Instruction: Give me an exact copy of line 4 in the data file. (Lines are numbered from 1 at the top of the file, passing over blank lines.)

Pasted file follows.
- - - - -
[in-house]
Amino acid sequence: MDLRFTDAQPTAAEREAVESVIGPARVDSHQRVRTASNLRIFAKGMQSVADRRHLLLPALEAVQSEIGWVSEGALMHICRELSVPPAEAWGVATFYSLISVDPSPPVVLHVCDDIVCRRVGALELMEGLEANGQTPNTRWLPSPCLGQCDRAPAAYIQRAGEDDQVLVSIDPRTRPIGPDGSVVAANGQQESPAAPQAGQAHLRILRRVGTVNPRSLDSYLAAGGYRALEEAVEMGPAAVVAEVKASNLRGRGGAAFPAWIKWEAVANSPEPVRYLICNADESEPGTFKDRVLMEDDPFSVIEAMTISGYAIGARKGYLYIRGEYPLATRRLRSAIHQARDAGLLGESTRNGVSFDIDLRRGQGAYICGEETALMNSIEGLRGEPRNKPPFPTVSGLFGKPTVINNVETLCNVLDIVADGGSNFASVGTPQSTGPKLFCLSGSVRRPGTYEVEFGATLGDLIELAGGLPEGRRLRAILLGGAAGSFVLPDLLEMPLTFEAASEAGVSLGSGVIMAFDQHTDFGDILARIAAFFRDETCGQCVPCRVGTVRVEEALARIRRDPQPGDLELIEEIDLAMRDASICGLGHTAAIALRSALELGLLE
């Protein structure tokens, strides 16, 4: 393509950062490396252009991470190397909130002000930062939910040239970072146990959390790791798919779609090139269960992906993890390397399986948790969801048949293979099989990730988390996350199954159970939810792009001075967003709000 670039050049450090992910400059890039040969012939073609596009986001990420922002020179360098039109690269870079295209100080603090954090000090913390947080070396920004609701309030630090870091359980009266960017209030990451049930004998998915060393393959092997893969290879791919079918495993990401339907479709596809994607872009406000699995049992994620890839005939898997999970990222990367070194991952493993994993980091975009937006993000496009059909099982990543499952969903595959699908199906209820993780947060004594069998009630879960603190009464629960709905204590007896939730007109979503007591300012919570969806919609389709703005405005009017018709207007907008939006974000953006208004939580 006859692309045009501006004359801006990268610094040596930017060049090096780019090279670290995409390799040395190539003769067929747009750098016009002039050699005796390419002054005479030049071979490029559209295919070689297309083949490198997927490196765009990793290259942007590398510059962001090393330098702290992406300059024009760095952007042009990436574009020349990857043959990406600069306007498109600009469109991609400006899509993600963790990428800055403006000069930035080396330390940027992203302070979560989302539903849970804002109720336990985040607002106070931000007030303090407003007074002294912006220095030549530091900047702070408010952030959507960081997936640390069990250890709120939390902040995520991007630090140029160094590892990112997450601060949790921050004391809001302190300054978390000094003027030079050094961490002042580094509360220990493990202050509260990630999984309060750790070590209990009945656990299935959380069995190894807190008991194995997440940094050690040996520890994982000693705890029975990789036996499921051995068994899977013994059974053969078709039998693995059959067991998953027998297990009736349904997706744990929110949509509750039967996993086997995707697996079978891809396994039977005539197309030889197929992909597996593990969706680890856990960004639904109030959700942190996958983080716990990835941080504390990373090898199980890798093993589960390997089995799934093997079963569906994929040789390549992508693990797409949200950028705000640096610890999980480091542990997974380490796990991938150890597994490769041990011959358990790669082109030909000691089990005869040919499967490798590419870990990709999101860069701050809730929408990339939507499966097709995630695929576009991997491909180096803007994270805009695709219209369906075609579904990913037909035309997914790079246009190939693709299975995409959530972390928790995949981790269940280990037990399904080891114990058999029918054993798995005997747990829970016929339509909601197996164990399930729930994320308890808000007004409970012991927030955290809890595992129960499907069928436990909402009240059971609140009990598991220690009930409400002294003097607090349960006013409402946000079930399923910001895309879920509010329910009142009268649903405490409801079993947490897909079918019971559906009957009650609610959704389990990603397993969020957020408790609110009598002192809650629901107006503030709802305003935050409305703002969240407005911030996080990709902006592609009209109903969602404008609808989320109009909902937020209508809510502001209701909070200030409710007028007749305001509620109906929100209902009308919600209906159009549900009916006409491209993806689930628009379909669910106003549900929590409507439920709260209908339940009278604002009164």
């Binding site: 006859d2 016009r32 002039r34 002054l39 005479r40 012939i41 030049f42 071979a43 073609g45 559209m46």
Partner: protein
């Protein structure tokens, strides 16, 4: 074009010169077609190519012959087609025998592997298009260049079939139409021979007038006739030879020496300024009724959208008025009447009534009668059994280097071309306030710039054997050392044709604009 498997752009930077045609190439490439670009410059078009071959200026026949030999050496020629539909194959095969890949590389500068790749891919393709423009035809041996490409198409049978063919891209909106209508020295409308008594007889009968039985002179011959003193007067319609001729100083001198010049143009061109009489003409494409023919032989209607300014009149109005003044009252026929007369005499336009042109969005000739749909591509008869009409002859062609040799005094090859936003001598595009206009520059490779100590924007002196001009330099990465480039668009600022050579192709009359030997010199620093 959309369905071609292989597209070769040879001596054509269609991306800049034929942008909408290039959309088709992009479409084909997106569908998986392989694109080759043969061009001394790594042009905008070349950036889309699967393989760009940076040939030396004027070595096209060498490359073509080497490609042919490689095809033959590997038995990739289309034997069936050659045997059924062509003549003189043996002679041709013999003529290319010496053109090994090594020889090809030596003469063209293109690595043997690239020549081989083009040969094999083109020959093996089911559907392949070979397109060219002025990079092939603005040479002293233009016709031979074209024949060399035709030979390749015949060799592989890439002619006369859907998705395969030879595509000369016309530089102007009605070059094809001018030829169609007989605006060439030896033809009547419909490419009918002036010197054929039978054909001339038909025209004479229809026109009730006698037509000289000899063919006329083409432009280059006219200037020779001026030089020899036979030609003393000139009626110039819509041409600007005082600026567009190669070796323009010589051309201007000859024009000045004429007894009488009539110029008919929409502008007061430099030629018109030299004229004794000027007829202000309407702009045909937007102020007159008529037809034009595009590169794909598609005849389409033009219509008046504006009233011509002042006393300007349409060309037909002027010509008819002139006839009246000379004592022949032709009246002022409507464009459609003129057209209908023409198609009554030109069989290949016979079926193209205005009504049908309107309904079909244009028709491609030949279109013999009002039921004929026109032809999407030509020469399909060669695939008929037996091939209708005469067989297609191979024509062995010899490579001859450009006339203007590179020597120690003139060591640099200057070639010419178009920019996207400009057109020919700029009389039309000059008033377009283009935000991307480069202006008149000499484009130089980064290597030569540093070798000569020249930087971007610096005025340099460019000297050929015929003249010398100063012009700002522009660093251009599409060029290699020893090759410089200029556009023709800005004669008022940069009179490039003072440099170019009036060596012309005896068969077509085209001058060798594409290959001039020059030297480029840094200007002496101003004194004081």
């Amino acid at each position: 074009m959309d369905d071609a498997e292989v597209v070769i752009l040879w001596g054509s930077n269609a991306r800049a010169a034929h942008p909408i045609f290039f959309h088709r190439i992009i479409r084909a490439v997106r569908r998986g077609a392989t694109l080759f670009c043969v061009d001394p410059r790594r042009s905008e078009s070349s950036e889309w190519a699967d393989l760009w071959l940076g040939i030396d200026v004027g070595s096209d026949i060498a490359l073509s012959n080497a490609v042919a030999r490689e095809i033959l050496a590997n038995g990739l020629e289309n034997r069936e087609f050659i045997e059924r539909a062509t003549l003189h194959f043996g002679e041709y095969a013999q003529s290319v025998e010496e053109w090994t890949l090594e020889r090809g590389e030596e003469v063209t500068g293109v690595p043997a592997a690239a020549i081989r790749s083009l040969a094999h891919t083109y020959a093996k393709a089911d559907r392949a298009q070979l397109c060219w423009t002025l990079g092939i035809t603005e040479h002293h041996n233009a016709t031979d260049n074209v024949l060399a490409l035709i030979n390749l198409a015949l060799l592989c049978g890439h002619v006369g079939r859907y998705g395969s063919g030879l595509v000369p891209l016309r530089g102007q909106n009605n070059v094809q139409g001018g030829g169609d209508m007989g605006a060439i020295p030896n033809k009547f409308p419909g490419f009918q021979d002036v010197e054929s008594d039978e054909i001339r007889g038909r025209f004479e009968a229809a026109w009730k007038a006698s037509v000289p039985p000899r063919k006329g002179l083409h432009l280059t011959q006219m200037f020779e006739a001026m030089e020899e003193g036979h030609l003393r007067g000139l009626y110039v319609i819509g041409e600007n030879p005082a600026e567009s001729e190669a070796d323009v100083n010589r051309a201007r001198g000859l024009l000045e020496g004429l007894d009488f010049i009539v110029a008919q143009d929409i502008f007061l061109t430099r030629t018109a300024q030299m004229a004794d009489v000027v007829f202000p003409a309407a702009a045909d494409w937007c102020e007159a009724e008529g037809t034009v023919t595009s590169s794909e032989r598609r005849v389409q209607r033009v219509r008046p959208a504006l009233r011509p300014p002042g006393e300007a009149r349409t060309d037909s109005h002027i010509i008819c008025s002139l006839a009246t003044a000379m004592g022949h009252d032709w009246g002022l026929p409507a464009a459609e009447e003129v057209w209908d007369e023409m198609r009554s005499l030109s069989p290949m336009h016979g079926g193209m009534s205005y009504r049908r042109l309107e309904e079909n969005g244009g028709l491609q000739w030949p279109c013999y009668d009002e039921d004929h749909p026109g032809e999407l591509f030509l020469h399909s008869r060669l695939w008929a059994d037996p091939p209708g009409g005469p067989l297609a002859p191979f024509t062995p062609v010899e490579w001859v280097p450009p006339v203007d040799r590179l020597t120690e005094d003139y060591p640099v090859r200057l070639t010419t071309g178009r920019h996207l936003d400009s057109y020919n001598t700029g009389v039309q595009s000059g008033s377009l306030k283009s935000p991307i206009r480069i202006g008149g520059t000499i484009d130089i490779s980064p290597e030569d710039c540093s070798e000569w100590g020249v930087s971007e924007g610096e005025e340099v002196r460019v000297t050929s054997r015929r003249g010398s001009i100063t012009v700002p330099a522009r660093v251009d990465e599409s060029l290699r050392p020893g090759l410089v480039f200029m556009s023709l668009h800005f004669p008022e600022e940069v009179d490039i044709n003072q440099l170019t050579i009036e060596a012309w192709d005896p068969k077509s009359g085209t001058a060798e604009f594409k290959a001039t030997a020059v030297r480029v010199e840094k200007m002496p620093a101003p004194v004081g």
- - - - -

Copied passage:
């Binding site: 006859d2 016009r32 002039r34 002054l39 005479r40 012939i41 030049f42 071979a43 073609g45 559209m46």